It is fairly common knowledge that there is an epidemic of obesity in America and obesity can not only affect your ability to get pregnant, it can cause additional complications during a pregnancy.
Obesity is common, serious and costly
- About one-third of U.S. adults (33.8%) are obese.
- No state has met the government effort to make people healthy
- Obesity-related conditions include heart disease, stroke, type 2 diabetes and certain types of cancer, some of the leading causes of death.
- In 2008, medical costs associated with obesity were estimated at $147 billion; the medical costs paid by third-party payors for people who are obese were $1,429 higher than those of normal weight.
- For a startling graphic of the trend to obesity by state in the US, follow this link
- Obstetric risks increase with the mother’s weight, commonly grouped by BMI
- Body mass index (BMI) is defined as the individual’s body weight divided by the square of his or her height.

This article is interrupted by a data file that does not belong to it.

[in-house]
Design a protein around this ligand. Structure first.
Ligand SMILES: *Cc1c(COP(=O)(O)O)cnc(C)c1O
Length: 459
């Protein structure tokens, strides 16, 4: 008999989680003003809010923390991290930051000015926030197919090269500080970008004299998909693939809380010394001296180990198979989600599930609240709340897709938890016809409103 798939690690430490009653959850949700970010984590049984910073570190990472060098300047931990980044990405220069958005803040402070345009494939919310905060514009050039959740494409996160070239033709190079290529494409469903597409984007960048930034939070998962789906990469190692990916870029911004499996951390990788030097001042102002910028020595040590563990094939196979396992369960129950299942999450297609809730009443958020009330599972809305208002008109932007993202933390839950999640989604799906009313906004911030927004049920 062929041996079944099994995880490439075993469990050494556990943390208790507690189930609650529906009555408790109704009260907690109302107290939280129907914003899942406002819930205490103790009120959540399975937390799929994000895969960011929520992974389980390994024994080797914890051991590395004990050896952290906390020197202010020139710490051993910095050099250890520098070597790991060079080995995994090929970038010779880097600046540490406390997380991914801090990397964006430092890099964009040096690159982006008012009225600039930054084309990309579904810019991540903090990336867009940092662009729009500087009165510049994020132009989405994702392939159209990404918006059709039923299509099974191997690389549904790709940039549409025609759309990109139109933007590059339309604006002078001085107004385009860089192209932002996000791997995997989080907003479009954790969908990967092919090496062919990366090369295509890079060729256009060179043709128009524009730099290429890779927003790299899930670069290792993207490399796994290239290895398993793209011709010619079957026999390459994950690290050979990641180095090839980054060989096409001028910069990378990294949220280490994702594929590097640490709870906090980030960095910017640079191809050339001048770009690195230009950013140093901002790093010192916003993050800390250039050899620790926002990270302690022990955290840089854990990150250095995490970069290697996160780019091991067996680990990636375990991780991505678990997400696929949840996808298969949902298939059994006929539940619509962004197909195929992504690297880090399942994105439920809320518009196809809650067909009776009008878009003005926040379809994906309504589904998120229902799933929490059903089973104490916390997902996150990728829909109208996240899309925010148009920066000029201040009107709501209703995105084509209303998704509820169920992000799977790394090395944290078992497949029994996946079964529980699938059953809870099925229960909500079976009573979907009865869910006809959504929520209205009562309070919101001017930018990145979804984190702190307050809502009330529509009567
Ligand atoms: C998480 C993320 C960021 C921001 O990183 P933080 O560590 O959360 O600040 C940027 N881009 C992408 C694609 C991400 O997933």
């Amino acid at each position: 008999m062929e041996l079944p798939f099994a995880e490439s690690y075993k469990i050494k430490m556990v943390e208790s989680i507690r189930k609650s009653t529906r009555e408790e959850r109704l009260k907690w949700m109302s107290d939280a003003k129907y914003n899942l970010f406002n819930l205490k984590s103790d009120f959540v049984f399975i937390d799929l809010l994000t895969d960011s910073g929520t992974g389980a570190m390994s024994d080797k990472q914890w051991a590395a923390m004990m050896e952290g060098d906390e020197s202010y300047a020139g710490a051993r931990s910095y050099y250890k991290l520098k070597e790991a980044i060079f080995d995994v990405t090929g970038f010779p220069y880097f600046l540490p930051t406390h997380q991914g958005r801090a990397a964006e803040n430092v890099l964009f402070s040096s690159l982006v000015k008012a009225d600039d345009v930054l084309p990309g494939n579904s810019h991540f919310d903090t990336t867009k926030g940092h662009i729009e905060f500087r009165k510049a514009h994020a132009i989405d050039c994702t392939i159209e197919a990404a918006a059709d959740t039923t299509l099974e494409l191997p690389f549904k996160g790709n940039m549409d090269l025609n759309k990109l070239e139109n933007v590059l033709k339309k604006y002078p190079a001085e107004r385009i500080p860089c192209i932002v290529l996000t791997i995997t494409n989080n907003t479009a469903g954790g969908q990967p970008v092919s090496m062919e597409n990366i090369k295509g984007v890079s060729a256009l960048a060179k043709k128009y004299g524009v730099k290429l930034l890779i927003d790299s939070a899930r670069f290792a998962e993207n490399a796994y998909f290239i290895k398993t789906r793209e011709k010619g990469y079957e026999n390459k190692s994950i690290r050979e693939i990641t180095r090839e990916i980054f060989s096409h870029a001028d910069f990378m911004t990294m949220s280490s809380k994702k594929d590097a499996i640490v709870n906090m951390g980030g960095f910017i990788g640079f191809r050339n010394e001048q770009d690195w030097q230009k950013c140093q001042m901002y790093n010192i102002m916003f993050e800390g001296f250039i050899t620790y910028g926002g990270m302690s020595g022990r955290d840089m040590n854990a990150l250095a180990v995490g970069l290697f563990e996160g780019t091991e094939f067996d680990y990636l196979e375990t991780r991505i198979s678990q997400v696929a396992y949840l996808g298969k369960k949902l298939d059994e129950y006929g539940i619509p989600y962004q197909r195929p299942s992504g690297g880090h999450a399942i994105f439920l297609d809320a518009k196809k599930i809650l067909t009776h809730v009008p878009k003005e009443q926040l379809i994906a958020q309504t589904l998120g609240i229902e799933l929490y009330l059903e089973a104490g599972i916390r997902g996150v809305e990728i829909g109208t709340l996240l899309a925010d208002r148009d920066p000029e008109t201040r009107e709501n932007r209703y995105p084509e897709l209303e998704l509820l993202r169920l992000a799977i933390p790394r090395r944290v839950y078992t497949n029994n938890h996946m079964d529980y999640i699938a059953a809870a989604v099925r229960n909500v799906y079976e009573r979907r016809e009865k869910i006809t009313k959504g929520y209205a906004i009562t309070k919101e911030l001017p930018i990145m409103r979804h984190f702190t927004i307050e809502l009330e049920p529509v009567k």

- Lower weight gain during pregnancy improves outcomes
- Obesity related to many other health risks
The following table outlines some of the risks from a few recent publications
Current Institute of Medicine Guidelines for Weight Gain in Pregnancy (published in 2009)
- Our medical group decided that we would ask for a preconception consult with maternal-fetal-medicine for women over BMI 35
- Our anesthesia team will not provide office egg retrieval for women BMI 40 and higher. They have the equipment but they do not have back-up personnel for complications which are more common with a BMI over 40
- We will not initiate IVF therapy for women over BMI 45
If you have any questions, please feel free to contact us.